Before riding the pine for Team USA, Laettner won every player of the year award as a senior and hit one of the most famous shots in basketball history. Though he was selected third in the 1992 draft, he beat out top pick Shaquille O'Neal for the final Dream Team spot, setting his stock high for his rookie year.
In his prime, Laettner was certainly a good player, averaging at least 16.0 points and 7.0 rebounds per game in each of his first five seasons. That said, he never even sniffed the greatness he seemed destined for, falling off into mediocrity thereafter.
With such an unmemorable pro career, Laettner's Duke and Dream Team reputations are fitting: Legend at the college level, an afterthought around NBA players.
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Shaun Livingston was going to revolutionize the point guard position. Instead, he became a medical marvel.
At 6'7", Livingston could see the court from angles that smaller point guards could not, and he still had the quickness and instincts to guard them. That's what convinced the Los Angeles Clippers to pick him fourth overall in 2004—the earliest selection of a high school guard in NBA history.
Like many other prep-to-pro players, Livingston was still a project in his third year, but he was showing sure signs that he could be L.A.'s point guard of the future. Then he suffered one of the most catastrophic knee injuries in sports history.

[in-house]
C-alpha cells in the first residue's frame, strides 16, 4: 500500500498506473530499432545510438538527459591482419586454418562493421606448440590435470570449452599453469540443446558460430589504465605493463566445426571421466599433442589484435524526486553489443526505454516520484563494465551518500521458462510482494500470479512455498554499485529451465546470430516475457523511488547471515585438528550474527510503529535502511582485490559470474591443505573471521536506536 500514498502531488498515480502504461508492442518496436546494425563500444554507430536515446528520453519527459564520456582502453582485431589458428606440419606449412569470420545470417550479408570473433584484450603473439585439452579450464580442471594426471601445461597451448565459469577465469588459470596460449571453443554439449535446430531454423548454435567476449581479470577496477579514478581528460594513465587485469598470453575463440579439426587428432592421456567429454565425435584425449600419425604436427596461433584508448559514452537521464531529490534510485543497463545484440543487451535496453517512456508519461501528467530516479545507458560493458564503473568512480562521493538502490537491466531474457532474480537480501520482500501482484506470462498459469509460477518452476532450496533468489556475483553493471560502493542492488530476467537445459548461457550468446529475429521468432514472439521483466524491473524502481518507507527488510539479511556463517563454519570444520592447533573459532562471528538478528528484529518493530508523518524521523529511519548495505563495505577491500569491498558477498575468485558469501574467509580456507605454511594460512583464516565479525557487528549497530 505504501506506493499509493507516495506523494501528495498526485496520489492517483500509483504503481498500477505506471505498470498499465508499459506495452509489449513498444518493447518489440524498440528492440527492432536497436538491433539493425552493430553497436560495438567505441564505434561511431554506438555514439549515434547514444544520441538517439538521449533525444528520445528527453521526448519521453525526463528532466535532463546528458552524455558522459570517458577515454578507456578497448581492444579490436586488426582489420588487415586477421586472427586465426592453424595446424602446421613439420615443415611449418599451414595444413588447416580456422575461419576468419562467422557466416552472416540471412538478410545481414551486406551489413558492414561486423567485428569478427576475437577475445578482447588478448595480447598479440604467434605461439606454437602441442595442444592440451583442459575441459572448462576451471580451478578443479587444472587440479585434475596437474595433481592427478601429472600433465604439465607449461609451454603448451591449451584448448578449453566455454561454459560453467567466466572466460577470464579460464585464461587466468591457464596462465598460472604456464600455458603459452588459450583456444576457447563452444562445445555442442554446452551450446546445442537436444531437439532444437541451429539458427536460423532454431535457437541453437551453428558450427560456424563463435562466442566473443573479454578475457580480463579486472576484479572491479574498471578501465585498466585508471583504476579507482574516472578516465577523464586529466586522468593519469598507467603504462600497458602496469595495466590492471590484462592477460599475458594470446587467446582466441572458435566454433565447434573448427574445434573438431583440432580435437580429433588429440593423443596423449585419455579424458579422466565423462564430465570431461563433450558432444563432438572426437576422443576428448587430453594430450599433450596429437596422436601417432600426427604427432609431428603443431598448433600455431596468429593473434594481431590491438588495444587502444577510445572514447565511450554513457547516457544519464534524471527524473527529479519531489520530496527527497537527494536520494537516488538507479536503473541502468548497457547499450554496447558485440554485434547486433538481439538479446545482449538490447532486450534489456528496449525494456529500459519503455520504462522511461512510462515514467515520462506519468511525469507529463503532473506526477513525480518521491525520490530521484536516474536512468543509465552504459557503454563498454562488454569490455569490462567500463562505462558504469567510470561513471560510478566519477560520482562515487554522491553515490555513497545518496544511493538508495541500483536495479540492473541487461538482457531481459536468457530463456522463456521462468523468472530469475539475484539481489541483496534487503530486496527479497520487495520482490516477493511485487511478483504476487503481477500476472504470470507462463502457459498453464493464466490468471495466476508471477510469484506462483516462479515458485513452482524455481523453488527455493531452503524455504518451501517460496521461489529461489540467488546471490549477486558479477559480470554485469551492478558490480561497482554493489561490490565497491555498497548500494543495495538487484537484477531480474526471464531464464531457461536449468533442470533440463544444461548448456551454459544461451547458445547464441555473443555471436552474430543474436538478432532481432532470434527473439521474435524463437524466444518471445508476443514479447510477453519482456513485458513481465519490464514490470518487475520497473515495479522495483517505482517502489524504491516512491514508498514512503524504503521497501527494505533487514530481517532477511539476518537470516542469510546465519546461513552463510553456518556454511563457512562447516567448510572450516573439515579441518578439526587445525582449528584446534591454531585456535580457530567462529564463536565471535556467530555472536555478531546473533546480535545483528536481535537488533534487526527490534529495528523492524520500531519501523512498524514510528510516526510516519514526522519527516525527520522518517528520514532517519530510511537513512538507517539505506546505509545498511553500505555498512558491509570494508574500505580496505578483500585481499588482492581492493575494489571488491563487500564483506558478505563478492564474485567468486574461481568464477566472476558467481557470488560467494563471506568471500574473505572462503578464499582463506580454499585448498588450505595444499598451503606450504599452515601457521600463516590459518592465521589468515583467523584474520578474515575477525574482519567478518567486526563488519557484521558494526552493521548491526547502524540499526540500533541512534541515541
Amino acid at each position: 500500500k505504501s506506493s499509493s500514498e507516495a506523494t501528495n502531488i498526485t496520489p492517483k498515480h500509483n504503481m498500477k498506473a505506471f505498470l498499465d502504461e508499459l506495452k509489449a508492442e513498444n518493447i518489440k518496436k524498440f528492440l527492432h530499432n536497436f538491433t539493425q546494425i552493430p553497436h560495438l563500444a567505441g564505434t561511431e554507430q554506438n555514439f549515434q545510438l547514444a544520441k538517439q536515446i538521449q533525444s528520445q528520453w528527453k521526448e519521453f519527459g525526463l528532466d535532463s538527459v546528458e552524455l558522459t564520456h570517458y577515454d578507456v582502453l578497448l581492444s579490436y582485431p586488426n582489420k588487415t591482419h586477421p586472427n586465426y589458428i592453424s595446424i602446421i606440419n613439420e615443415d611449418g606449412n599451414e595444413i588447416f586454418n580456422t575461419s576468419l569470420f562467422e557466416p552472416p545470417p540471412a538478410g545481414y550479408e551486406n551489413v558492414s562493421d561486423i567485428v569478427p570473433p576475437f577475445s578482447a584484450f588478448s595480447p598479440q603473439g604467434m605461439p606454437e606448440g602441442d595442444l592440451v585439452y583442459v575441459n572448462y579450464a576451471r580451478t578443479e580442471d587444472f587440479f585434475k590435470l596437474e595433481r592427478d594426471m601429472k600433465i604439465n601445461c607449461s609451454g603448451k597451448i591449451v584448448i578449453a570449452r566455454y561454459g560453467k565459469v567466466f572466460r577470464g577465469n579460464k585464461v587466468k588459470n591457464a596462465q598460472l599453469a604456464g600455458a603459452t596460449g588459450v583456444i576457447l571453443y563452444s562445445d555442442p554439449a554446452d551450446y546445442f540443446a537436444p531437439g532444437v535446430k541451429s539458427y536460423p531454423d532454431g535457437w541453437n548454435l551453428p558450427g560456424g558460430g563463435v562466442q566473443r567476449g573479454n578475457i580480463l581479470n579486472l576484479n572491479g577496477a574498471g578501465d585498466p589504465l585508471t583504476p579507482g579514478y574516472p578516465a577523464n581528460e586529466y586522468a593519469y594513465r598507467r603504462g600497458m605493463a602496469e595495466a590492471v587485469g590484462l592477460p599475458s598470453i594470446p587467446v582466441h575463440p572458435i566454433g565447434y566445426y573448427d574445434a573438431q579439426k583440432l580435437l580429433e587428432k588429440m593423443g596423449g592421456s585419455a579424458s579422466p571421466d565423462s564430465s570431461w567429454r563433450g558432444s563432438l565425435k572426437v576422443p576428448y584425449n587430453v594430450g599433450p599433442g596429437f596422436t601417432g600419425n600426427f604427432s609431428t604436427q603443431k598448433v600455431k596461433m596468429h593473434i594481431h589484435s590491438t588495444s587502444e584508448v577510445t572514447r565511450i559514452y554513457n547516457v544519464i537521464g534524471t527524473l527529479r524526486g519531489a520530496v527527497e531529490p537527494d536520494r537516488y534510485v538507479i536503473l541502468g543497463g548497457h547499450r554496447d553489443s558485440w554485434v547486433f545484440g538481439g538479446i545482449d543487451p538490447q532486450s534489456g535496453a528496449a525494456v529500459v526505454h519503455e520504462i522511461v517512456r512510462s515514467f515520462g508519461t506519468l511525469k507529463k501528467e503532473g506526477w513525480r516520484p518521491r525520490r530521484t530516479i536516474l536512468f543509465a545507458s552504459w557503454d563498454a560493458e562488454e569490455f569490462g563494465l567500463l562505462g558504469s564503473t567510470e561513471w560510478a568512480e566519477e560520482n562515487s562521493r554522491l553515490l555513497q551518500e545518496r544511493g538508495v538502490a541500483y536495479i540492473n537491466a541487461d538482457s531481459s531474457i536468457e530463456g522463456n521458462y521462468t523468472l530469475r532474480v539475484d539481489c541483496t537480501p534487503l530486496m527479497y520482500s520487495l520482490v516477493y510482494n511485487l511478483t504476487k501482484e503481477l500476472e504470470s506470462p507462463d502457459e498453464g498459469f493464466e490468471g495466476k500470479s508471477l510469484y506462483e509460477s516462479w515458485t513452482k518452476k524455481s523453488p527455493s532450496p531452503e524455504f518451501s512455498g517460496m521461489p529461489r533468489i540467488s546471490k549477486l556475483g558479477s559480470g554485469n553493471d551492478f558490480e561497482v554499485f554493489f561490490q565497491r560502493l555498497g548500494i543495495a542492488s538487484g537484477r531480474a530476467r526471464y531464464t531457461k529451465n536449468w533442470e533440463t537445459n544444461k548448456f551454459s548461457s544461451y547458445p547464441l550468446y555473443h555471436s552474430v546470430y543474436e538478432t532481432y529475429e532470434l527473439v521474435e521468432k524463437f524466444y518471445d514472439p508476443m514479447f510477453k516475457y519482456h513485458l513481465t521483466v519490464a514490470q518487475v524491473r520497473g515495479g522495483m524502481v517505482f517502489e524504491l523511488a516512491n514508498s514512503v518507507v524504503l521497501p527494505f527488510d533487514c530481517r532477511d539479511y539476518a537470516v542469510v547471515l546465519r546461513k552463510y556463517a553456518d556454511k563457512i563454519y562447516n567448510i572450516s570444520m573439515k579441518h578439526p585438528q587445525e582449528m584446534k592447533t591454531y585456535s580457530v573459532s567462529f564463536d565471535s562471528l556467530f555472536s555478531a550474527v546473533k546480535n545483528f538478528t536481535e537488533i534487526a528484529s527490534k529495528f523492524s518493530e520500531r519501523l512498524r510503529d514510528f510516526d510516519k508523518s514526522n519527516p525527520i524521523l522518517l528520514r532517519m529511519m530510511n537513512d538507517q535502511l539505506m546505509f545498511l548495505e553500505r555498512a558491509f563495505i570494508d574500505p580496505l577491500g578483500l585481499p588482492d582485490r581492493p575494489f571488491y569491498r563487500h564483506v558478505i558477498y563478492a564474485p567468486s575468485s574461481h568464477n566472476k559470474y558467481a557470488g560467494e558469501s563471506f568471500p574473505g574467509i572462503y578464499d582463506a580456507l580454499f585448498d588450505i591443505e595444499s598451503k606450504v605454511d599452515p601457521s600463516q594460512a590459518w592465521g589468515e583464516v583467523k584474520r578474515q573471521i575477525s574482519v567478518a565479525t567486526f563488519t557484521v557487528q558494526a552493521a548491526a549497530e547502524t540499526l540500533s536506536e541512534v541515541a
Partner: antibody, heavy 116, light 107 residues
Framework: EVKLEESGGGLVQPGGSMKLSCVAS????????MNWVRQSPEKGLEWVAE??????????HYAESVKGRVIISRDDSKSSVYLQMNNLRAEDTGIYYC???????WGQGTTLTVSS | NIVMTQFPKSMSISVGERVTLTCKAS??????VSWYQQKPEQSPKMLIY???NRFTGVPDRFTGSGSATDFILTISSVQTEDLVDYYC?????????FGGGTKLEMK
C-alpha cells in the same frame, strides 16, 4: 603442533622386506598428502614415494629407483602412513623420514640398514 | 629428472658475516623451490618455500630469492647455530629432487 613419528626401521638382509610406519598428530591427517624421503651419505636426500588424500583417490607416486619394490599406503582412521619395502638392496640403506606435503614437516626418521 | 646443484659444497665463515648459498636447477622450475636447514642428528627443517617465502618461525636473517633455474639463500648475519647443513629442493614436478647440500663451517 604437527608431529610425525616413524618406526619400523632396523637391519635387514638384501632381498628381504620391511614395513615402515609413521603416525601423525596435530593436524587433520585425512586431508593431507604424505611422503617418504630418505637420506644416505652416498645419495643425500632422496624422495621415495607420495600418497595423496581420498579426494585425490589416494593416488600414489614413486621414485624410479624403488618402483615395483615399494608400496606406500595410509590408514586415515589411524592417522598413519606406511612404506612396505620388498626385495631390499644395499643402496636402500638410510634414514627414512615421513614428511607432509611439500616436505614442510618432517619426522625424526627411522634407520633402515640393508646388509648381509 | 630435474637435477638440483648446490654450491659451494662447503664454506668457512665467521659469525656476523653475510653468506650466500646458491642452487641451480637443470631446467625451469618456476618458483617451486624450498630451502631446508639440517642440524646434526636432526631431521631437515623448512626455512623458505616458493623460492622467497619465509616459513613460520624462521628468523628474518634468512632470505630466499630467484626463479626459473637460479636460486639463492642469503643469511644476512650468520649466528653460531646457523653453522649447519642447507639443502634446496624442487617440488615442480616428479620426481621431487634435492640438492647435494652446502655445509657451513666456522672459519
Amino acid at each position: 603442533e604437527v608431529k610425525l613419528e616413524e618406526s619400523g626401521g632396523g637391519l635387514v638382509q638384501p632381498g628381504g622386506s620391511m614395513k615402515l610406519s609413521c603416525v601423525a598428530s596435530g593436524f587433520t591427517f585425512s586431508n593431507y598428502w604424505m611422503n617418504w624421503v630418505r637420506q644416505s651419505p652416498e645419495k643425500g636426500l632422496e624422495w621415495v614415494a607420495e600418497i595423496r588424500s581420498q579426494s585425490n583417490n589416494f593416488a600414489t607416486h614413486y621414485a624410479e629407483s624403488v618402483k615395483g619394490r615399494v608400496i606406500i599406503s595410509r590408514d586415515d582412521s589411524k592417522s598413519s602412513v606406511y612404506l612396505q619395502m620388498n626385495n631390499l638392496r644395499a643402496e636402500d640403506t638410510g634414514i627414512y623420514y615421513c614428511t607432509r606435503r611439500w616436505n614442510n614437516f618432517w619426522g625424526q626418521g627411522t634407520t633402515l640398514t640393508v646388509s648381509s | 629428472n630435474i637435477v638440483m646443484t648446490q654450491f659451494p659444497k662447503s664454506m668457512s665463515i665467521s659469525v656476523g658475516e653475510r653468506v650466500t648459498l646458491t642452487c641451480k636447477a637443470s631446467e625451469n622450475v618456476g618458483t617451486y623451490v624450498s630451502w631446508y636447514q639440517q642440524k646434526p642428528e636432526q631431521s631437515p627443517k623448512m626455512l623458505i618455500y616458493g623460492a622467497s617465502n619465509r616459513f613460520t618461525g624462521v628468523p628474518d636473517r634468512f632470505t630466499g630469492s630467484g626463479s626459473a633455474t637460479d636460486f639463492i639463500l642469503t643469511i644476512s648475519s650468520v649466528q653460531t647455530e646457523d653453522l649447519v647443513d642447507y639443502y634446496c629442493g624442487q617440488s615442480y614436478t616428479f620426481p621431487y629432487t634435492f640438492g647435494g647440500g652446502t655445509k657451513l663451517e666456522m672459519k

Note: Do not click this link if you are squeamish.
Per Grantland, the injury initially appeared so bad that amputation—though obviously a worst-case scenario—was mentioned. Facing irrevocable damage to his body, Livingston rehabbed and missed just one full season, returning with the Miami Heat in 2008.
Like DerMarr Johnson, Livingston is by no means the same. Though this happened on the court, it's a freak accident just the same, and Livingston's return was every bit as improbable.
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Though definitely a power forward, Donyell Marshall did the most damage away from the basket. That turned out to be both a blessing and a curse.
In his college days at UConn—when he was more physical and the competition was less imposing—Marshall was able to play more inside, but his offensive range set him apart. He had the skill set of a Derrick Coleman, with a little less athleticism but a lot less baggage.
The Minnesota Timberwolves picked Marshall fourth in 1994, but traded him to the Golden State Warriors midway through the season. Once there, it was clear that Marshall did not have the post game or the defensive ability to play the post in the pros.